In order to begin to understand how this applies to the concept of changing our thought patterns, let’s examine one little phrase from Paul, “Be transformed by the renewing of your mind” (Rom. 12:2).
Every one of us must seek to answer the all-important and practical question, “How do I renew my mind?”
Let’s use a hilltop as an illustration. When rain falls on a hill, the water drains off. How does it drain off? In rivulets or grooves in the ground. Initially, they are just small rivulets, but each time rain falls, the rivulets/grooves cut deeper and deeper. They can become deep chasms.
Now let’s compare these rivulets/grooves with thought patterns in our minds. The longer we think along any given line, the stronger that thought pattern becomes. Every time we react in a certain way, we reinforce that thought pattern. This is how habits are formed.
If we want to get rid of rivulets on a hill, we could take a bulldozer and cover them up. We could also build a little dam where the rivulet/groove begins so that the next time it rains the rivulets will change some. While we can’t cover up our thoughts with mental bulldozers, we can build a dam in our minds when certain thoughts begin. We can refuse to think them. We can say, “I will not allow myself to think that.”
Building a dam in the mind, however, is not enough. That is, saying “no” is not sufficient by itself. We also need to provide a new course for our thinking. We should not just suppress thoughts! We should redirect them. We should change negative thought patterns into positive thought patterns.
We find a good illustration of this in Paul’s words, “He who has been stealing must steal no longer, but must work, doing something useful with his own hands, that he may have something to share with those in need” (Eph. 4:28). How does a thief stop being a thief? Is it just by not stealing anymore? Not quite. Certainly that is part of it. That’s saying “no” to a negative, destructive habit. It’s building the “dam.” But it’s not enough. In order to change, the thief is told to get a job and earn money honestly. Then he is to give to others in need so that perhaps they won’t be tempted to steal. Now the process is complete. The negative habit has been dealt with by an act of the will which chooses to stop it. But the will must also choose to replace that with the corresponding constructive action in order that the change in thought patterns may be completed.
And so it becomes clear that in order to change these thought patterns we must do two things.
First, we must build the dam, that is, refuse to allow wrong thoughts. Second, we must redirect the flow and develop a new way of thinking. Eventually the old patterns will fade. They may never disappear, but they will fade and will become less and less influential in controlling our thinking.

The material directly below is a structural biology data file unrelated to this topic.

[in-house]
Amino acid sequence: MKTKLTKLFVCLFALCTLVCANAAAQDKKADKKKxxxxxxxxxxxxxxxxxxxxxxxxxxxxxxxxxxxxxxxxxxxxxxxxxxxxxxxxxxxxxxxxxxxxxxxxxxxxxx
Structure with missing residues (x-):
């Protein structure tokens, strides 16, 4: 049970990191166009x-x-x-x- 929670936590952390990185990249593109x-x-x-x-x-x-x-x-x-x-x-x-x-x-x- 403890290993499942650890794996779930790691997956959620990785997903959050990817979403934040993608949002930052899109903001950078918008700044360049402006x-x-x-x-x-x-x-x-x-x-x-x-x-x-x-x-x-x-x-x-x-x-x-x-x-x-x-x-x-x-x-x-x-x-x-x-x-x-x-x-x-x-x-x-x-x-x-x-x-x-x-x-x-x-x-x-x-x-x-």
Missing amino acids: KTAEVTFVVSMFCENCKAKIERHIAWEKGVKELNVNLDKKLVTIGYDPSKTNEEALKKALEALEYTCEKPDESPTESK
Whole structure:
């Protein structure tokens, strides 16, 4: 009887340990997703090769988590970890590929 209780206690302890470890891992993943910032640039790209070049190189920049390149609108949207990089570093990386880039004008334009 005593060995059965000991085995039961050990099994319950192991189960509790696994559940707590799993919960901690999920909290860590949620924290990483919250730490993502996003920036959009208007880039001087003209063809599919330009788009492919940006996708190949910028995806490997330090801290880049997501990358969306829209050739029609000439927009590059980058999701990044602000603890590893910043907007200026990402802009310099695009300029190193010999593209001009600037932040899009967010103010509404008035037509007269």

We need to realize that this takes place by an act of the will, not by wishful thinking and not solely by devotional meditation and prayer. Meditation and prayer are necessary, but we must move beyond that to an act of the will.
Paul gives us some helpful thoughts on the subject, “Set your minds on things above” (Col. 3:2) a declarative statement that involves an act of the will. You set your mind. “Put to death … whatever belongs to your earthly nature, sexual immorality, impurity, lust, evil desires” (Col. 3:5), “You must rid yourselves” (Col. 3:8), “Put on” (Col. 3:12). Changing thought patterns is not just “putting away” by building dams, but also “putting on” by building new patterns. It is not just suppressing, but redirecting our thoughts into healthy, positive ways of thinking.
What does “put to death” (Col. 3:5) mean?
The old thought patterns do not just die naturally; it would be great if they did and we never again had this desire or that temptation. But because “the heart is more deceitful … and is desperately sick” (Jer. 17:9), and because the flesh/sin nature is the flesh/sin nature and lusts against the Spirit, these battles go on continually. Therefore, the statement “put to death” requires a continual action. We must put old thought patterns to death every time they rear their heads. We cannot just put immorality to death, and then no longer have immoral thoughts. They will continue to come up and every time they do, we have to stop them right at the headwaters with the dam. Every time! The more times we put those wrong thoughts to death and put on the new ones, the less our thoughts tend to flow in the wrong direction.